Riverine (Mediterranean) Buffaloes are calmer, larger in size, with smaller curly horns, good milk production (7 – 14 L/day) and good milk let down. Our buffalo like to be groomed and are quite affectionate with people they are familiar with. They know their names and gallop up to us when we call them. As we leave the buffalo calves with the mothers during the day and only separate the calves for the night, it makes it very convenient when buffaloes are comfortable with the routines. They are normally much more protective of their babies than cattle, but because they trust us, they are happy to be called to the dairy and leave the calves in our care until the next morning, when they come again to be milked and collect their calves.

Elena, you were recently awarded the Churchill Fellowship (sponsored by Wildman Rivers Stock Contractors), which allowed you to travel to Europe to study buffalo dairying and traditional buffalo milk cheeses. What were some of the highlights of your trip?

The focus of my project was to research the use of automatic milking systems (AMS) and other innovative technologies in buffalo dairying, with particular emphasis on how these technologies can improve the welfare of both animals and farmers. Together with my husband, Andrei, we visited nearly 30 farms throughout five European countries: Sweden, Germany, Switzerland, the Netherlands and Italy.

In every country we met innovative farmers and saw different types of buffalo dairy farms – from large industrial type (The Netherlands, Italy) to small scale traditional family operated (Sweden, Switzerland, Italy, Germany). We also saw different approaches to buffalo management, husbandry and cheese making. Organic farming, agri-tourism, on-farm artisan cheese making and sales have become a big component of many traditional and innovative farms across Europe, well supported by governments and local communities, as it is believed to be hugely beneficial for keeping the tradition going, educating children about agriculture and food production and also giving people the opportunity to connect with nature and animals.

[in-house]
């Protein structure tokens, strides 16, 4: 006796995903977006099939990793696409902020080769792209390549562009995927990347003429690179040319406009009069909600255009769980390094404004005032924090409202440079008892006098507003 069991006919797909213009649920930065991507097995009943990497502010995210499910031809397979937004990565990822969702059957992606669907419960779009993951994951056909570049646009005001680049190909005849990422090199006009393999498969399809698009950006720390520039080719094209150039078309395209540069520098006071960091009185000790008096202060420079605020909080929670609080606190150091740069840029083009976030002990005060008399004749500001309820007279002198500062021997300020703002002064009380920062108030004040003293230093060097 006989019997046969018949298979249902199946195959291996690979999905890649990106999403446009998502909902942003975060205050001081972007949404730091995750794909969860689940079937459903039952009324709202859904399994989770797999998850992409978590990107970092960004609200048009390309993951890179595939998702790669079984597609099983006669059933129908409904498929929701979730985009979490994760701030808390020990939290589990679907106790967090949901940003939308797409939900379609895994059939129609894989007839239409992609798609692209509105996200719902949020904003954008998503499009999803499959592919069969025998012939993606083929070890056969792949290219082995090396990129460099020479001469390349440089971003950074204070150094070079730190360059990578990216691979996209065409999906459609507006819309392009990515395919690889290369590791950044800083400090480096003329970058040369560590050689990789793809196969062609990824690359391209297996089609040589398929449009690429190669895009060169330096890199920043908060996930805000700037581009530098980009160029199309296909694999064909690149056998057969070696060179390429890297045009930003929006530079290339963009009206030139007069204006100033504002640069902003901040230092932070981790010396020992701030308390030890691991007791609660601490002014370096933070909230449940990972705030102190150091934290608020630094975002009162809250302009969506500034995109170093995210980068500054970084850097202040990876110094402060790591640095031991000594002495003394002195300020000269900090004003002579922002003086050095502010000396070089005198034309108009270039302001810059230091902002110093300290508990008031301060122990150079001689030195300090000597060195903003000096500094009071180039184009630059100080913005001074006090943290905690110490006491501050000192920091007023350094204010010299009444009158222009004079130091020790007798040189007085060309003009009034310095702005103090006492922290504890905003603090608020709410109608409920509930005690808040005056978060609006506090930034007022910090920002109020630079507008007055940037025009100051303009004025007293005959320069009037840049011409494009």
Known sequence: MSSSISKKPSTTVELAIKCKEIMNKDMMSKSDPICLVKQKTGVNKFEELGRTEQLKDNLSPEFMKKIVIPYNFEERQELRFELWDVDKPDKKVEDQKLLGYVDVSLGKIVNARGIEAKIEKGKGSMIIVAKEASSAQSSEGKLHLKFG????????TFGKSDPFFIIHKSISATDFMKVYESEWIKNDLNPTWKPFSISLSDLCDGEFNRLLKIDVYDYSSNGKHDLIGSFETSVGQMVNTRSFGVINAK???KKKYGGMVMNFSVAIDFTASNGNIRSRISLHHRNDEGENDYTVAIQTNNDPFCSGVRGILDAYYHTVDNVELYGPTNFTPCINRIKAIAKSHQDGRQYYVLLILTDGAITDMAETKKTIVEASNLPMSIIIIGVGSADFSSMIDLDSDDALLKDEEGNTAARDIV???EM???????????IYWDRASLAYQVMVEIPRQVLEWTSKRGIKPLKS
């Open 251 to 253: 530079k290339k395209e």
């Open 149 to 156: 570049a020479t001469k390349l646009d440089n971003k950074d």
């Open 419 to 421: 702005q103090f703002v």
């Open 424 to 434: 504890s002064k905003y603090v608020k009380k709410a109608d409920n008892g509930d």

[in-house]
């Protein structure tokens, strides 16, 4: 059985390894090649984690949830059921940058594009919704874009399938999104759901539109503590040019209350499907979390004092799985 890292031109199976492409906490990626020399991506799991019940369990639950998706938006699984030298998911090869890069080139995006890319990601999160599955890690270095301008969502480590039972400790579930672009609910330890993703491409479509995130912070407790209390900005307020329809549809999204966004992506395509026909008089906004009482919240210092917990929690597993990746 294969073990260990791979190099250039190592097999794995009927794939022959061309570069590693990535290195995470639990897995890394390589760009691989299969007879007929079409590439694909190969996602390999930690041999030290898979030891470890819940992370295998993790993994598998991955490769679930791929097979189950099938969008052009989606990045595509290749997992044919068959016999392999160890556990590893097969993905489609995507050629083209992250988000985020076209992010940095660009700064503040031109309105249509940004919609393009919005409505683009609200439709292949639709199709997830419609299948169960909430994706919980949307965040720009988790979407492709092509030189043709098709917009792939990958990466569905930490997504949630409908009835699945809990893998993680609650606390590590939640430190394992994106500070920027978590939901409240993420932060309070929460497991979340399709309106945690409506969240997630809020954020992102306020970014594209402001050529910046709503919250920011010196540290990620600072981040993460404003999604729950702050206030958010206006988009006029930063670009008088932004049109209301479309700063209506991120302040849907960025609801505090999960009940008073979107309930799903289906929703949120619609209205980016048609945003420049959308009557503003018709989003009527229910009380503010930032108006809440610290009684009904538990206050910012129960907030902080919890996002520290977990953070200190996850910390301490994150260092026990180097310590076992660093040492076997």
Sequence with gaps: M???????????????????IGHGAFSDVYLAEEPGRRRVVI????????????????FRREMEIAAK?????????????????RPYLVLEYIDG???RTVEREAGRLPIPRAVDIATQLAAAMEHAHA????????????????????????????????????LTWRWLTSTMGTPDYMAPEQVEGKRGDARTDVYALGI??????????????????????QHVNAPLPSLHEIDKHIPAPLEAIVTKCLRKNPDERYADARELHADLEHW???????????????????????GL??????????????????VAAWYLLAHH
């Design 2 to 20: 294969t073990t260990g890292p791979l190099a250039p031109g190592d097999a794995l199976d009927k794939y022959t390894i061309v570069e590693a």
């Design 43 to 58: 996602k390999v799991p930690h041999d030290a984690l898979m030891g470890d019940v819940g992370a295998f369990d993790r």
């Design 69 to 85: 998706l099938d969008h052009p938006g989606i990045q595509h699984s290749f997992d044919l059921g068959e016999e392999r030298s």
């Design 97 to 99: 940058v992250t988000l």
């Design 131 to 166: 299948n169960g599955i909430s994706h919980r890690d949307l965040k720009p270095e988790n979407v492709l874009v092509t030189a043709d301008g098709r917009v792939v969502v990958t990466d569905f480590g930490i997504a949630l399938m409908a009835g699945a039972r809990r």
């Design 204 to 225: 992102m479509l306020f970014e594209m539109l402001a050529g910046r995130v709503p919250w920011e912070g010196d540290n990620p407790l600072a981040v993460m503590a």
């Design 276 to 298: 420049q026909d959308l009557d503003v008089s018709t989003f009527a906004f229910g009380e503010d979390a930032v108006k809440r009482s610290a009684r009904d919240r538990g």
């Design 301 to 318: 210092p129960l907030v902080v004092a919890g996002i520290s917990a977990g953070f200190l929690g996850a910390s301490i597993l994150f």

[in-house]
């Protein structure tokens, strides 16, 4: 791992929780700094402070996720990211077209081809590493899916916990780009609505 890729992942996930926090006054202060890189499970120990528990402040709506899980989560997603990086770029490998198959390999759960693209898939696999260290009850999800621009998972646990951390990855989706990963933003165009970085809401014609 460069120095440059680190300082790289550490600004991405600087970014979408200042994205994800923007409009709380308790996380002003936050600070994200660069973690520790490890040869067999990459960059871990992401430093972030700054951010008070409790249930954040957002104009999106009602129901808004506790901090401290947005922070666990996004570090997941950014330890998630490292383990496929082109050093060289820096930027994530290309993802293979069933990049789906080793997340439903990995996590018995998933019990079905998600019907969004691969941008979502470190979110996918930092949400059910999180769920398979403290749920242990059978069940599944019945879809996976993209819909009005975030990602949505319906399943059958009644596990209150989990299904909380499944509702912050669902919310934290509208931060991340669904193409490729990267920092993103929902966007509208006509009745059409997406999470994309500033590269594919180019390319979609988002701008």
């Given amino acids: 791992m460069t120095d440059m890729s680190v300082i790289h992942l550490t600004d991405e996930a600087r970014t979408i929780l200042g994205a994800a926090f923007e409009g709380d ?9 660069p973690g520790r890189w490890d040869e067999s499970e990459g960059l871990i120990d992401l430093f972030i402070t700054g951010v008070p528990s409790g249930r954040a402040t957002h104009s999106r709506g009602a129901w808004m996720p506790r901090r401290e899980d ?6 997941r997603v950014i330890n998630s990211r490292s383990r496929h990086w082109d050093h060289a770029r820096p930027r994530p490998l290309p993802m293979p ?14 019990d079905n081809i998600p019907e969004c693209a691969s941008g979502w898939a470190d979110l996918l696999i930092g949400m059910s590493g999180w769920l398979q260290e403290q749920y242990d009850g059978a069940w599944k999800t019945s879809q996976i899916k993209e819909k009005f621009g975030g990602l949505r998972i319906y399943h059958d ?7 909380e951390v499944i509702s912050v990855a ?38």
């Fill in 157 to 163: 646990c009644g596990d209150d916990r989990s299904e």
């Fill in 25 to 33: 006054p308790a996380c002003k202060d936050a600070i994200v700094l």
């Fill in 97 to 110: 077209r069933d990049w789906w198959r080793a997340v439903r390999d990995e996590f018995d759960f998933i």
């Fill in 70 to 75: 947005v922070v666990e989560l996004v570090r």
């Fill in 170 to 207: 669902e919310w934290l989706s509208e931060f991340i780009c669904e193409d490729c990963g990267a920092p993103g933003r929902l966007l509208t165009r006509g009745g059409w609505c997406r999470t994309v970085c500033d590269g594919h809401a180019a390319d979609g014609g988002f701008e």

Switzerland, where traditional family owned dairy farms are considered part of the environment, made an impression of very harmonious co-existence of productive agriculture and pristine wilderness. Talking to the farmers, we realised their care and respect for the environment was very sincere, and every farmer we interviewed had put a lot of thought and effort into keeping their farming activities in balance with the surrounding nature, protecting the much treasured creeks, rivers and the forests from any potential damage by cattle or machinery.

Italy most certainly was the highlight destination for my study. The history and tradition of buffalo milking and cheeses in the Southern part of the country go as far back as 2000 years. Today, Italy has the most developed buffalo dairy industry and leads the world in the breeding and selection, milk recording and production, management, nutrition and reproduction techniques, as well as product quality and marketing. We tasted many wonderful buffalo milk cheeses in Italy, but the most famous of all are of course fresh Mozzarella di Bufala and buffalo whey ricotta. Both these fresh cheeses are produced and consumed in Southern Italy in very impressive volumes. Italian consumers are very well educated in the nuances of tastes and quality of their much loved Mozzarella. Many buffalo dairy farms have small cheesemaking facilities and sell freshly made cheeses in shops either attached to the cheesemaking room on the farm or nearby. Mozzarella is made by traditional methods with only four simple ingredients – the freshest possible buffalo milk, salt, culture and rennet – and is sold and eaten usually within hours of production. Most cheese makers believe that for best quality mozzarella, the milk must be very fresh and not pasteurised. The taste of industrially produced mozzarella with the use of preservatives to increase its shelf life is remarkably different to the divinely fresh traditional handmade Mozzarella di Bufala. It is so amazing; we very quickly become addicted to it and had it for breakfast and lunch every day for three weeks in Italy!